OBJECTIVES: To describe the integration of home-based Medication Therapy Management (MTM) into the ambulatory care infrastructure of a large urban health system and to discuss the outcomes of this service. SETTING: Minnesota from September 2012 to December 2013. The health system has more than 50 primary care and specialty clinics. Eighteen credentialed MTM pharmacists are located in 16 different primary care and specialty settings, with the greatest number of pharmacists providing services in the internal medicine clinic...
March 2016: Journal of the American Pharmacists Association: JAPhA
Sharon Stephan, Nancy Lever, Larraine Bernstein, Sarah Edwards, David Pruitt
OBJECTIVE: The purpose of this study was to describe the potential and limits of school telemental health (TMH) to support a full continuum from mental health promotion to intervention, particularly for students less likely to access community care. METHODS: A review of school TMH literature and model programs, and of data from focus groups with child psychiatry fellows, was undertaken to inform best practices and future directions for TMH in schools. RESULTS: Existing data suggest that TMH with children and adolescents is promising and well received...
April 2016: Journal of Child and Adolescent Psychopharmacology
M A Lebow, A Chen
The bed nucleus of the stria terminalis (BNST) is a center of integration for limbic information and valence monitoring. The BNST, sometimes referred to as the extended amygdala, is located in the basal forebrain and is a sexually dimorphic structure made up of between 12 and 18 sub-nuclei. These sub-nuclei are rich with distinct neuronal subpopulations of receptors, neurotransmitters, transporters and proteins. The BNST is important in a range of behaviors such as: the stress response, extended duration fear states and social behavior, all crucial determinants of dysfunction in human psychiatric diseases...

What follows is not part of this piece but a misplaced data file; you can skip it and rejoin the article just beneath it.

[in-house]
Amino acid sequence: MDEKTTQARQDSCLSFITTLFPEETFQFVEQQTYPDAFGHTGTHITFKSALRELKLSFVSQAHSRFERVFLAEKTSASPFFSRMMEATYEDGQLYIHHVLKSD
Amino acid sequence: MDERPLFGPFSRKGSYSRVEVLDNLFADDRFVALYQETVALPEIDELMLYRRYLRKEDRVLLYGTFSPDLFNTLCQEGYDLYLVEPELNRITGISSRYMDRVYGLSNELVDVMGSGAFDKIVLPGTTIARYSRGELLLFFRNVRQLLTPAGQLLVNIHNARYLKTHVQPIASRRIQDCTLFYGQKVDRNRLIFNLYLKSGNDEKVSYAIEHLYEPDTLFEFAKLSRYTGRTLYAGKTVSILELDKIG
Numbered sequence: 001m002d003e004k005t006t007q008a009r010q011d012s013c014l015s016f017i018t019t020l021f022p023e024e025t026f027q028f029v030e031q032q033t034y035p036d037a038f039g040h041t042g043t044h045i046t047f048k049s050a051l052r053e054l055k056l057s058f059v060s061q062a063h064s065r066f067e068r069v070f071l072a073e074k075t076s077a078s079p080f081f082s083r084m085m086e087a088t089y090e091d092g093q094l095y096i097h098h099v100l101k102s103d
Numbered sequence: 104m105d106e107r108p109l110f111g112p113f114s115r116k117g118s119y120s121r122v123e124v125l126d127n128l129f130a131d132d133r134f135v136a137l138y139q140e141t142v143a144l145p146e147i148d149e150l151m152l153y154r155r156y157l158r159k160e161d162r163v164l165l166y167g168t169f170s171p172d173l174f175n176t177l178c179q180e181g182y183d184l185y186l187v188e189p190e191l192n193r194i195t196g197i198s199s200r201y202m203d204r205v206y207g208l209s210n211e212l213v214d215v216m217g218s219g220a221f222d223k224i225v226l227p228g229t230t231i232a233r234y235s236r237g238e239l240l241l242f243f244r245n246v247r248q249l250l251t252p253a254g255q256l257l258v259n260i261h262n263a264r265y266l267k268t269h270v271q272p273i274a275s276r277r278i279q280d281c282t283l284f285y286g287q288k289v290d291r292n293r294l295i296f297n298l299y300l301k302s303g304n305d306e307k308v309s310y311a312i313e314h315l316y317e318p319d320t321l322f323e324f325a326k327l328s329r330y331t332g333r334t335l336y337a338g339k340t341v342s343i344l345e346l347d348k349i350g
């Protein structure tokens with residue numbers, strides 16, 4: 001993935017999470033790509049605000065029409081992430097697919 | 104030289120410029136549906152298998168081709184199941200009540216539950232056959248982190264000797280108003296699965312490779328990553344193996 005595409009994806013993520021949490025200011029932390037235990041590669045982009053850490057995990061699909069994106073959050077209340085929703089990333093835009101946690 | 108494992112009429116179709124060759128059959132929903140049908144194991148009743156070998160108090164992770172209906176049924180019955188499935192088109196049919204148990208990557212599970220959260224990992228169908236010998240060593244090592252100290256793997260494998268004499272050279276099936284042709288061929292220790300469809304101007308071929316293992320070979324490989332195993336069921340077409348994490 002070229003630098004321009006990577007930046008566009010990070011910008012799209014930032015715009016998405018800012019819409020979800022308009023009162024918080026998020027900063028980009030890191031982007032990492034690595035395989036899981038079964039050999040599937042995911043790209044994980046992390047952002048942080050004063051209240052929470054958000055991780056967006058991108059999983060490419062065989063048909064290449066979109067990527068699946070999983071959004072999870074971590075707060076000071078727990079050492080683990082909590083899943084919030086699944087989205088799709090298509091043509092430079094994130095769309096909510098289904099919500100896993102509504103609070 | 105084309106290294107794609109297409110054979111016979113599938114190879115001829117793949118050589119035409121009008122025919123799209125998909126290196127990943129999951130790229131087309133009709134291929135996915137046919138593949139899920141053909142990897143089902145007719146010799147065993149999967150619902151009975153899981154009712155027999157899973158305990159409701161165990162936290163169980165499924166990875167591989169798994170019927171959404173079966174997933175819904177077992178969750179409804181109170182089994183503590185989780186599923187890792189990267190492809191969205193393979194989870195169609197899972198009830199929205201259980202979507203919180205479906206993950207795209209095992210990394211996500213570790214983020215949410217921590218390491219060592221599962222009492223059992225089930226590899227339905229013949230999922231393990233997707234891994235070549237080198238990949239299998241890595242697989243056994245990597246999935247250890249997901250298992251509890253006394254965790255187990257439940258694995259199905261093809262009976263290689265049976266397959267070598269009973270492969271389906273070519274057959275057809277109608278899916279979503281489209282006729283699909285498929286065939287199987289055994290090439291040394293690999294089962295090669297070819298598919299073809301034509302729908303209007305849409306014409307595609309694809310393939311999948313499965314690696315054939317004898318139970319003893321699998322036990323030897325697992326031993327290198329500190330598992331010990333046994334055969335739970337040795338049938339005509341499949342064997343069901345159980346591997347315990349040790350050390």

April 2016: Molecular Psychiatry
S Ozcelik, F Sprenger, Z Skachokova, G Fraser, D Abramowski, F Clavaguera, A Probst, S Frank, M Müller, M Staufenbiel, M Goedert, M Tolnay, D T Winkler
Abundant tau inclusions are a defining hallmark of several human neurodegenerative diseases, including Alzheimer's disease. Protein fragmentation is a widely observed event in neurodegenerative proteinopathies. The relevance of tau fragmentation for the neurodegenerative process in tauopathies has yet remained unclear. Here we found that co-expression of truncated and full-length human tau in mice provoked the formation of soluble high-molecular-weight tau, the failure of axonal transport, clumping of mitochondria, disruption of the Golgi apparatus and missorting of synaptic proteins...
December 2016: Molecular Psychiatry